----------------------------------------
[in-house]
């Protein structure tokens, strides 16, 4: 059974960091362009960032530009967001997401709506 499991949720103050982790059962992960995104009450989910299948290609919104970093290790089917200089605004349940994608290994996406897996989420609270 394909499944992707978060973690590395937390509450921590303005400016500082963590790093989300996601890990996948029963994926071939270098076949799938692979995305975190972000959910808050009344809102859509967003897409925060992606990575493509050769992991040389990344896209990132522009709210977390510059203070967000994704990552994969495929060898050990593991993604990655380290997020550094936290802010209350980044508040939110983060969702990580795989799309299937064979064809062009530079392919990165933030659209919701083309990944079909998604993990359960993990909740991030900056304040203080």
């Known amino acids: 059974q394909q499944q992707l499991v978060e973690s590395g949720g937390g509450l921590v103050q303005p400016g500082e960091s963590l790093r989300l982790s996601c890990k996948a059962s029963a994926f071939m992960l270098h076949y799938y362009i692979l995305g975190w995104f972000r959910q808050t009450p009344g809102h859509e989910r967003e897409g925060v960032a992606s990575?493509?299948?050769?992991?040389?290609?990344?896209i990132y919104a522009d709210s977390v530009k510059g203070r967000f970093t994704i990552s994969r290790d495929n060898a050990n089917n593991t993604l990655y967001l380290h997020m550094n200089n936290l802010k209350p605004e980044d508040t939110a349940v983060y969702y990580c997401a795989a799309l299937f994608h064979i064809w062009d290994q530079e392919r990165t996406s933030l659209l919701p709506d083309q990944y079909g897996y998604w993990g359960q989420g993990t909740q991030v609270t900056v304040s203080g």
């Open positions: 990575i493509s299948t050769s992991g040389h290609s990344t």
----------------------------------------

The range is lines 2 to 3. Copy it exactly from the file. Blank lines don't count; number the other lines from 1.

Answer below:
């Protein structure tokens, strides 16, 4: 059974960091362009960032530009967001997401709506 499991949720103050982790059962992960995104009450989910299948290609919104970093290790089917200089605004349940994608290994996406897996989420609270 394909499944992707978060973690590395937390509450921590303005400016500082963590790093989300996601890990996948029963994926071939270098076949799938692979995305975190972000959910808050009344809102859509967003897409925060992606990575493509050769992991040389990344896209990132522009709210977390510059203070967000994704990552994969495929060898050990593991993604990655380290997020550094936290802010209350980044508040939110983060969702990580795989799309299937064979064809062009530079392919990165933030659209919701083309990944079909998604993990359960993990909740991030900056304040203080």
């Known amino acids: 059974q394909q499944q992707l499991v978060e973690s590395g949720g937390g509450l921590v103050q303005p400016g500082e960091s963590l790093r989300l982790s996601c890990k996948a059962s029963a994926f071939m992960l270098h076949y799938y362009i692979l995305g975190w995104f972000r959910q808050t009450p009344g809102h859509e989910r967003e897409g925060v960032a992606s990575?493509?299948?050769?992991?040389?290609?990344?896209i990132y919104a522009d709210s977390v530009k510059g203070r967000f970093t994704i990552s994969r290790d495929n060898a050990n089917n593991t993604l990655y967001l380290h997020m550094n200089n936290l802010k209350p605004e980044d508040t939110a349940v983060y969702y990580c997401a795989a799309l299937f994608h064979i064809w062009d290994q530079e392919r990165t996406s933030l659209l919701p709506d083309q990944y079909g897996y998604w993990g359960q989420g993990t909740q991030v609270t900056v304040s203080g």